There are plenty of social network games available for people to play. These games allow the users to connect with each other via the interface of a video game, rather than through a social media site. This adds layers of content that would not be available on a social media platform. For example, these games often allow their players to earn currency and experience, and purchase digital property with the option to customize at a later date. It has been argued in the past that interacting with forms of new media is detrimental to communities in the real world. “Time spent with these media, chiefly television, may have been taking time away from the vital tasks and processes that engender vibrant communities, families, and neighborhoods. Crucial “third places” for civic interaction have been on the decline, and families have moved away from dense urban communities into relatively atomized, isolated suburbs where neighbors rarely see each other or mingle.” This raises the issue of whether new media destroys our relationships with other members of society. Classically, the forms of media available to the public for communication and entertainment were cause for social interaction, with people gathering to enjoy this new form of technology. In the modern world though, almost everyone has a smartphone capable of accessing almost any form of media and entertainment whenever the user desires meaning that a family of four can sit in the same room whilst partaking in four different kinds of entertainment, hampering our ability to speak to each other. However, MMORPGs such as World of Warcraft (2004) are not similar to television because many of these games include mechanics that allow players to interact with each other. “MMOs are of course one of several online “places” in which social interaction might occur, but they unique in the fact that they collect and mix people pursuing goals in three-dimensional space. This makes them arguably more “place”-like than a standard text-based chat room. The questions and results presented here suggest that WoW is in fact a vibrant third place, populated with a range of social experiances ranging from ephemeral impersonal groups to sustained and deep relationships that extend offline.” This shows that these spaces, even though they do not exist in the real world, can be effective tools and environments to construct social relationships with other people. In the real world there are a set of social behaviours that people conform to in certain spaces which people tend to conform to even though they are not set rules. In games, these social norms are changed, either limited or expanded, depending on its mechanics. Some games and social media platforms encourage players to make friends with certain people such as World of Warcraft (2004), which subtly influences how the player’s interact in the world. “The key moderator of these outcomes appears to be the game’s mechanic, which encourages some kinds of interactions while discouraging others.” This calls into question of whether people really are free to interact as they please, which is also true of social media sites which suggest becoming friends with others based upon your friends list. Similarly, we can question whether people are as free online as they think they are, and can this be used against those who use these various platforms. This could raise the issue of whether or not we are constantly being shepherded into talking to certain people both in social platforms and real life situations. (Compare with club penguin)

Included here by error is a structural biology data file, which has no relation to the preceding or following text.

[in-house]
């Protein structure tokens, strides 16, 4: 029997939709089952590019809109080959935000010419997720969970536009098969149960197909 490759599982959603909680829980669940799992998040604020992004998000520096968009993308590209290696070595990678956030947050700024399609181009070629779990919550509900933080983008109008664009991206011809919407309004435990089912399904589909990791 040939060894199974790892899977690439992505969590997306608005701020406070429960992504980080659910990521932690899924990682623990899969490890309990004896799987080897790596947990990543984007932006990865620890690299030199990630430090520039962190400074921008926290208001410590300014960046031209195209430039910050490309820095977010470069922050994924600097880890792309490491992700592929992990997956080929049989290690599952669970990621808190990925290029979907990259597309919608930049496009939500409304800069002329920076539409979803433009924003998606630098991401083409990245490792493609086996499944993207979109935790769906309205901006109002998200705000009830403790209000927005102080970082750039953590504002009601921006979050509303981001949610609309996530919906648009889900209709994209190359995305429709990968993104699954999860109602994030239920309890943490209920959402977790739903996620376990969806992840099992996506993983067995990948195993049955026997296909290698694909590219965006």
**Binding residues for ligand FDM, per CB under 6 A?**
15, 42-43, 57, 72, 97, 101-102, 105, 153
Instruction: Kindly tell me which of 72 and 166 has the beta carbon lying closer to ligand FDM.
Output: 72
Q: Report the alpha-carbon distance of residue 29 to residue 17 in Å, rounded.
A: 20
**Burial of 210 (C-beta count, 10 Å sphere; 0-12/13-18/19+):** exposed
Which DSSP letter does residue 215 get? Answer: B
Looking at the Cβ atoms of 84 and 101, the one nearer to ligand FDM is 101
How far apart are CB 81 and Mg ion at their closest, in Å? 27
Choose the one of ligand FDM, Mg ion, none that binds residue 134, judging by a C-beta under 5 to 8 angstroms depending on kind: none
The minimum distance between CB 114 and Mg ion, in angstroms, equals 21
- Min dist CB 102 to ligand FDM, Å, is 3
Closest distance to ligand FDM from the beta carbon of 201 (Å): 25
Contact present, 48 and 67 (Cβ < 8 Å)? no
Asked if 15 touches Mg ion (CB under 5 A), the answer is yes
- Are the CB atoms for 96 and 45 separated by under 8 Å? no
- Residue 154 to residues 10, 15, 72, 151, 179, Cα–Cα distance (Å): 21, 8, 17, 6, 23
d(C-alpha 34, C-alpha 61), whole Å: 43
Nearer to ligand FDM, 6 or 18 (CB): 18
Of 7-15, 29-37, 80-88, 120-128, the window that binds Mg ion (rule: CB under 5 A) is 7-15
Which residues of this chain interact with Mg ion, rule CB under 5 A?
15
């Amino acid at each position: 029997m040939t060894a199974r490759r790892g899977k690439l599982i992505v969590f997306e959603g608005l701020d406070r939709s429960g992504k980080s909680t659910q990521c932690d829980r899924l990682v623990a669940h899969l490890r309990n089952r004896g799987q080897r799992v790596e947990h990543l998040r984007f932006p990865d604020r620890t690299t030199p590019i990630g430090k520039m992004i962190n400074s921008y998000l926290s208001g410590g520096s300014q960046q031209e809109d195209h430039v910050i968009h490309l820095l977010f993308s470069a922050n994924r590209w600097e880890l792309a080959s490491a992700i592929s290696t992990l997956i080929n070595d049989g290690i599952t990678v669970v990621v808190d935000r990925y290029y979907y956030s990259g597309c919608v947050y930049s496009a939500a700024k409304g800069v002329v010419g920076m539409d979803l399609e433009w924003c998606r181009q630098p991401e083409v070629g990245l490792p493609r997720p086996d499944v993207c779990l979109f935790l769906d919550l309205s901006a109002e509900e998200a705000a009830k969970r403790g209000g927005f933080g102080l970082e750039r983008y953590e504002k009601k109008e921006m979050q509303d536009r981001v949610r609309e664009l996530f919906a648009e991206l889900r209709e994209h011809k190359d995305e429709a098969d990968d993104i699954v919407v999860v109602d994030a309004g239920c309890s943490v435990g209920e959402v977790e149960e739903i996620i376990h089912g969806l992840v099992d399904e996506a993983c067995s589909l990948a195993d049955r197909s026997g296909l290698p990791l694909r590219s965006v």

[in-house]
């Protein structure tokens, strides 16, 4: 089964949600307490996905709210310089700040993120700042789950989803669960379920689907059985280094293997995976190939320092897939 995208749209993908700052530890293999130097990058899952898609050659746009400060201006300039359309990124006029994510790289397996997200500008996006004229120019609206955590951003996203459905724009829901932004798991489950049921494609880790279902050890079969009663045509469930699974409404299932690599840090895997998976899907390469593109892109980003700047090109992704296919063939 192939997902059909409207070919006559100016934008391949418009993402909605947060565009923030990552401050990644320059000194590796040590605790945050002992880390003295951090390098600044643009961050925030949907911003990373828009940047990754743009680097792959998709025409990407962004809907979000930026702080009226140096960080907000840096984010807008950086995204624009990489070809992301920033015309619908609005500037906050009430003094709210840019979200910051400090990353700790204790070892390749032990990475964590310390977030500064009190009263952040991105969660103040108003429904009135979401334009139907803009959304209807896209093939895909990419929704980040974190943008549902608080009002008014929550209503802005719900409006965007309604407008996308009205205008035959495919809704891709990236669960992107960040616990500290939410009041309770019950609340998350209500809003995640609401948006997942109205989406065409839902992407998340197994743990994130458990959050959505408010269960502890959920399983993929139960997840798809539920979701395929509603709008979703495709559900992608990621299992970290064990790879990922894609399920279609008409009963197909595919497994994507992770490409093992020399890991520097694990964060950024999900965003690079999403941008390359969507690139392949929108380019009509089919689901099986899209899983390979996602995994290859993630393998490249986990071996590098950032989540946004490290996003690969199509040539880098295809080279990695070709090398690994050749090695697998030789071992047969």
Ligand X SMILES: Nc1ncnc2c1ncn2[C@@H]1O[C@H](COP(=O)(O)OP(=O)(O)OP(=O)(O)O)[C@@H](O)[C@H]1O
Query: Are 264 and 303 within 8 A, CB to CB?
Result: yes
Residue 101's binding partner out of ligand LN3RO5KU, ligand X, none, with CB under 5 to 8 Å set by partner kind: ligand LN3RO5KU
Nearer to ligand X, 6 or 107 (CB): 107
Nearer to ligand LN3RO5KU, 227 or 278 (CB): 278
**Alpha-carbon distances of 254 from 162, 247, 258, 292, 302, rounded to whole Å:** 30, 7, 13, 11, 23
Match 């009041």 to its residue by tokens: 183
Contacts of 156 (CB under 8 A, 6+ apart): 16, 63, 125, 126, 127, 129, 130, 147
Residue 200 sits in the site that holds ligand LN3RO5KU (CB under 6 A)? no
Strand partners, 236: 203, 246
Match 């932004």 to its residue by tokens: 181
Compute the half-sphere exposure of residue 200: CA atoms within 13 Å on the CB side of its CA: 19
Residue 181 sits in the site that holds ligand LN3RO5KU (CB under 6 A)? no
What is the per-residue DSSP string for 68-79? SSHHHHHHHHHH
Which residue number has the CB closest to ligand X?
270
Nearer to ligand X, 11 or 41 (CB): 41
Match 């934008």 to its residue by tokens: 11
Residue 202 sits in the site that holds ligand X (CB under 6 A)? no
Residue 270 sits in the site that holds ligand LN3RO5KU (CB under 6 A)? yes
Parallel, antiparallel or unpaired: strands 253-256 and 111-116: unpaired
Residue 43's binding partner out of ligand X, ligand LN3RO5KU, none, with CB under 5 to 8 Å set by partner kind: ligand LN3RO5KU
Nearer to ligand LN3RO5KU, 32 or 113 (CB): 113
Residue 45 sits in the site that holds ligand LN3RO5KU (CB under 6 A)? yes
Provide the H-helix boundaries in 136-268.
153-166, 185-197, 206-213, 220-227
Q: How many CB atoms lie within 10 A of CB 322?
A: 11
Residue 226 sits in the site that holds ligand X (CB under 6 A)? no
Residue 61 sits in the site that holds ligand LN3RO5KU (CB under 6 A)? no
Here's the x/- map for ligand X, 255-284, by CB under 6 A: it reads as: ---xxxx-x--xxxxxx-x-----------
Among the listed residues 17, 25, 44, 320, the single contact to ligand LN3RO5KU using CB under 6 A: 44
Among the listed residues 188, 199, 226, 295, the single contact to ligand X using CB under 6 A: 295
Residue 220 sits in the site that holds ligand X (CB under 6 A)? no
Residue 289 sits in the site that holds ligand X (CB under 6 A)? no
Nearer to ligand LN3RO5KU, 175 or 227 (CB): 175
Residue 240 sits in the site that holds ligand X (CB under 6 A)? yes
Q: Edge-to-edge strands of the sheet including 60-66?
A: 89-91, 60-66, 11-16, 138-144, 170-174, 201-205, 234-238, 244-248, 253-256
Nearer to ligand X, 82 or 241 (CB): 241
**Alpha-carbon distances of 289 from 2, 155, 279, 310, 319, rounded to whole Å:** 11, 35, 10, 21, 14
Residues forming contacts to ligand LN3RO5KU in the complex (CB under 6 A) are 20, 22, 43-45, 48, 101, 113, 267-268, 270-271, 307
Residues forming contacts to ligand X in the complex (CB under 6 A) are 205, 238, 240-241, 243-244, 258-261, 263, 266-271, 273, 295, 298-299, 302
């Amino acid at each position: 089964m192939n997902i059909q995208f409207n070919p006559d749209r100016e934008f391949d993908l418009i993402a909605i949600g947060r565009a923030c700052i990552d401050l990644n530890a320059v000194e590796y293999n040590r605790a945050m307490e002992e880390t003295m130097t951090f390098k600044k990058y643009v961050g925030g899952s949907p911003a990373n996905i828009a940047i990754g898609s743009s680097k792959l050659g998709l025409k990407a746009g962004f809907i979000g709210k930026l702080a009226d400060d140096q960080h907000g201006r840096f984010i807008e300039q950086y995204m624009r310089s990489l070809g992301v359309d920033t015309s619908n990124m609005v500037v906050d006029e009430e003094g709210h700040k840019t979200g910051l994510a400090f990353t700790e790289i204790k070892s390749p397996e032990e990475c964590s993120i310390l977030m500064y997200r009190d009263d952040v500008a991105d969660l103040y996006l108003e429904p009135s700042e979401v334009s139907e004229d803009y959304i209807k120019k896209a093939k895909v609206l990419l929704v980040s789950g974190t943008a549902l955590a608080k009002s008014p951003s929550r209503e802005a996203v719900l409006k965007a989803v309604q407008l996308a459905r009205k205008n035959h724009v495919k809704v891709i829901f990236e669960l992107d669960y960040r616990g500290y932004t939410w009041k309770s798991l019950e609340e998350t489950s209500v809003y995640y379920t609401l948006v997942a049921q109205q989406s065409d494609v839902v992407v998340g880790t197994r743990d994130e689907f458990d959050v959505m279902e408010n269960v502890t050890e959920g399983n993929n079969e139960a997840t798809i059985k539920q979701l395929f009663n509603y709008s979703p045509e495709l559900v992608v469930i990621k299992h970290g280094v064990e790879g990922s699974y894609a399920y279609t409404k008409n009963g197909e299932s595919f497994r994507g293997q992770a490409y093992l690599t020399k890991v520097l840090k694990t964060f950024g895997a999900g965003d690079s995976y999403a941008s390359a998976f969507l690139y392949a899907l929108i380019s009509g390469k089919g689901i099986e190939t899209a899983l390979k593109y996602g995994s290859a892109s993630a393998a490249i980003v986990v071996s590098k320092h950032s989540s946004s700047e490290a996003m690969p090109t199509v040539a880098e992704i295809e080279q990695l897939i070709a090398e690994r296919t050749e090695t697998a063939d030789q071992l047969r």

some of which that limit you to discussion topics,